Julie Delpy Black Woman
Actress Julie Delpy arrives at 'Lolo' premiere at Roy Thomson Hall on September 18, 2015, in Toronto, Canada. (Photo by Sonia Recchia/Getty Images)

Finally, someone has come up with a simple solution to the #OscarsSoWhite controversy.

No, I’m not talking about the Academy overhauling how they select voters. I’m talking about actress Julie Delpy (a white woman) and her brilliant quote when asked about the ongoing push to have more people of color at the Oscars.

“Two years ago, I said something about the Academy being very white male, which is the reality, and I was slashed to pieces by the media. It’s funny — women can’t talk. I sometimes wish I were African-American because people don’t bash them afterward,” said Delpy to a reporter from The Wrap.

Whatever planet Delpy lives on, there are apparently no black women, because she doesn’t seem to know that we exist. “It’s the hardest to be a woman. Feminist is something people hate above all. Nothing worse than being a woman in this business. I really believe that,” said Delpy, doubling down on her ridiculousness.

According to Delpy, all of this equality business could be handled if only women like herself magically morphed into black people. In her world of make-believe, black people have agency, a voice and are never “bashed” for having strong opinions.

If Delpy got her wish and became African American, that would make her a black woman in Hollywood. Despite her bizarre contention that this would somehow make her more powerful, history and reality tell a different story. There have been 1,668 acting nominations for the Oscars since 1929, and a mere 6.7% of those nominations went to non-white actors. As far as black women in particular, in the 88-year history of the Oscars, only seven black actresses have actually won.

Apparently, Delpy is unaware of the fact that one person can have multiple identities, such as being black AND being a woman. Being smart is also an option. Delpy’s aggressively unintelligent commentary is only the latest in a flurry of side-eye worthy statements from white actors. Michael Cain said black people should be “patient” about getting Oscars, and Charlotte Rampling had the audacity to say that demanding diversity is racist to white people.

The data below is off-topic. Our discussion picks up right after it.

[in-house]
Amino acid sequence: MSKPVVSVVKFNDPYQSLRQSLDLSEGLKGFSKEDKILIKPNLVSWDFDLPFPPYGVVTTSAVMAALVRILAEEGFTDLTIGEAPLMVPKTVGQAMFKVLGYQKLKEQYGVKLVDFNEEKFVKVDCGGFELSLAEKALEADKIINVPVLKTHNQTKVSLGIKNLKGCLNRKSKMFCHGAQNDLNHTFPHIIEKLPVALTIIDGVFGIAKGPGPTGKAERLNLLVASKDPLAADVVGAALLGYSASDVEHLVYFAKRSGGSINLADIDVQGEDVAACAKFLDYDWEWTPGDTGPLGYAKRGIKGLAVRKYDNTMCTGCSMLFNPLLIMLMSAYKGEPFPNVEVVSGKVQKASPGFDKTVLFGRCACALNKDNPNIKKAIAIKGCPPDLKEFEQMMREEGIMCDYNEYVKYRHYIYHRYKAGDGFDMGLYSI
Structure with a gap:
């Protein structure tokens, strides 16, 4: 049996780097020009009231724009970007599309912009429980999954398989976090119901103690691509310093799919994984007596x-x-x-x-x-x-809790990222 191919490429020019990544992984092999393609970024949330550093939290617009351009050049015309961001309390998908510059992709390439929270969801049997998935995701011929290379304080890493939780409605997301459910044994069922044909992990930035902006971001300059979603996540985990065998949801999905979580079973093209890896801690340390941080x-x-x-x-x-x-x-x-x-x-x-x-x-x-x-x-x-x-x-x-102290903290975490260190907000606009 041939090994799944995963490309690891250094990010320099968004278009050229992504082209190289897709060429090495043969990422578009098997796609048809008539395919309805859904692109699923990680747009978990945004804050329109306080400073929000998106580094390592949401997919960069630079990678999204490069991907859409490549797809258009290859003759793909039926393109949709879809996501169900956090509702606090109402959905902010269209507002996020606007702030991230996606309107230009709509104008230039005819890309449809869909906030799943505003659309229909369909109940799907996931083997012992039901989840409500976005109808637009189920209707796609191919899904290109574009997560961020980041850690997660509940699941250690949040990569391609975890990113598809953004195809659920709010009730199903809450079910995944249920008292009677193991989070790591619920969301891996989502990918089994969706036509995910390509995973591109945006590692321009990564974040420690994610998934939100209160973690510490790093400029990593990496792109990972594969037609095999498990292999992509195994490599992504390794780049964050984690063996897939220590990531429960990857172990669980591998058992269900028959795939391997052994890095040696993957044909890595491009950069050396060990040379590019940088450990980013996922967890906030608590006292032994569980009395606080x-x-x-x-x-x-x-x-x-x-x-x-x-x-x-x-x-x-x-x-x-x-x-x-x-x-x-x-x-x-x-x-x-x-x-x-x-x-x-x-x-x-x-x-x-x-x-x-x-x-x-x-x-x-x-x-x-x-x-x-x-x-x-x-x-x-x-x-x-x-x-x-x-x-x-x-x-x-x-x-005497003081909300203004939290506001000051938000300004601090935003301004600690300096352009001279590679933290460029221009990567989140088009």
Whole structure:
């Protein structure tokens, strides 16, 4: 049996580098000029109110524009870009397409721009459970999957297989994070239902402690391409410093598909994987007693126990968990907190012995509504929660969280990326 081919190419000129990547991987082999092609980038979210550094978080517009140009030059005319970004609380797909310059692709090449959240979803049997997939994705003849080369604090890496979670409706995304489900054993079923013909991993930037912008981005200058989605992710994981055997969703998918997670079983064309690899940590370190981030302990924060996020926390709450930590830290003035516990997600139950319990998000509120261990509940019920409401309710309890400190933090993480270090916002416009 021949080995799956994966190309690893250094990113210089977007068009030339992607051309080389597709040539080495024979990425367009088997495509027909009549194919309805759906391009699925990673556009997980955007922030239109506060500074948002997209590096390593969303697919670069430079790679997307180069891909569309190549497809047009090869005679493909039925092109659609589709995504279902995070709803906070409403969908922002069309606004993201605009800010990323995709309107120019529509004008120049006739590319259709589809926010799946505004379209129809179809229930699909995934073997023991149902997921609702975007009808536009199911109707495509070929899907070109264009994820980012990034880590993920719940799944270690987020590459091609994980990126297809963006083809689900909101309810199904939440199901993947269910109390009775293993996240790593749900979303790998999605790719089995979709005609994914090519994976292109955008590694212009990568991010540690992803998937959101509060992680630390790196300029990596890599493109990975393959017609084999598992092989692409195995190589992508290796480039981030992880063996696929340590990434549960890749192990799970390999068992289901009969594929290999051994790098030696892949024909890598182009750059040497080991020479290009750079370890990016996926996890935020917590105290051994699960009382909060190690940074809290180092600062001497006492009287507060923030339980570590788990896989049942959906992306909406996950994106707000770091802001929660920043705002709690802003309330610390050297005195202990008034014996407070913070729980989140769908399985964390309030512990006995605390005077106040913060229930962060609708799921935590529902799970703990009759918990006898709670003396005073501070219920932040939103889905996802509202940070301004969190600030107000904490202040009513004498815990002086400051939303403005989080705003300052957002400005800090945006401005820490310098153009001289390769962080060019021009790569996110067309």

All of these actors are missing the point. Nobody is suggesting that the Academy should hand out Oscars to black people regardless of talent. The #OscarsSoWhite conversation is about the fact that talented black people in Hollywood have obstacles in their paths that their white counterparts do not have. It’s not just about the awards, it’s about writers rooms, the studio system, financing, marketing, casting and every other part in the layered process known as “making it” in Hollywood.

To be fair, some white actors have spoken out about #OscarsSoWhite and have found themselves on the correct side of history on the issue. After rattling off a list of films and actors of color who should have been nominated for Oscars this year, George Clooney asked a good question: “How many options are available to minorities in film, particularly quality films?”

Mark Ruffalo is considering boycotting the ceremony (which would put him in the company of Spike Lee, Jada Pinkett Smith, Will Smith and others). “If you look at Martin Luther King‘s legacy, what he was saying was the people, the good people who don’t act are much worse than the people, the wrongdoers who are purposefully not acting and don’t know the right way,” said Ruffalo about the Oscars’ lack of diversity.

Creating a more diverse Academy is a step in the right direction, but it is also only one part of the system. If those earlier parts of the creative process like writing and casting are not sufficiently diversified, there still won’t be significant change when it comes to doling out prestigious honors. There can not be a substantial amount of black people represented at awards shows if they are not even being considered for acting roles, the director’s chair and other important aspects of the film industry.

While those who want to be part of creating that change put in that work, those who have nothing but uninformed opinions to offer (Delpy, Cain, Rampling, etc) should go slip into something that feels good on their white privilege, find a corner, face it and of course, have a seat.

Follow Demetria Irwin on Twitter at @Love_Is_Dope and connect with her on Facebook.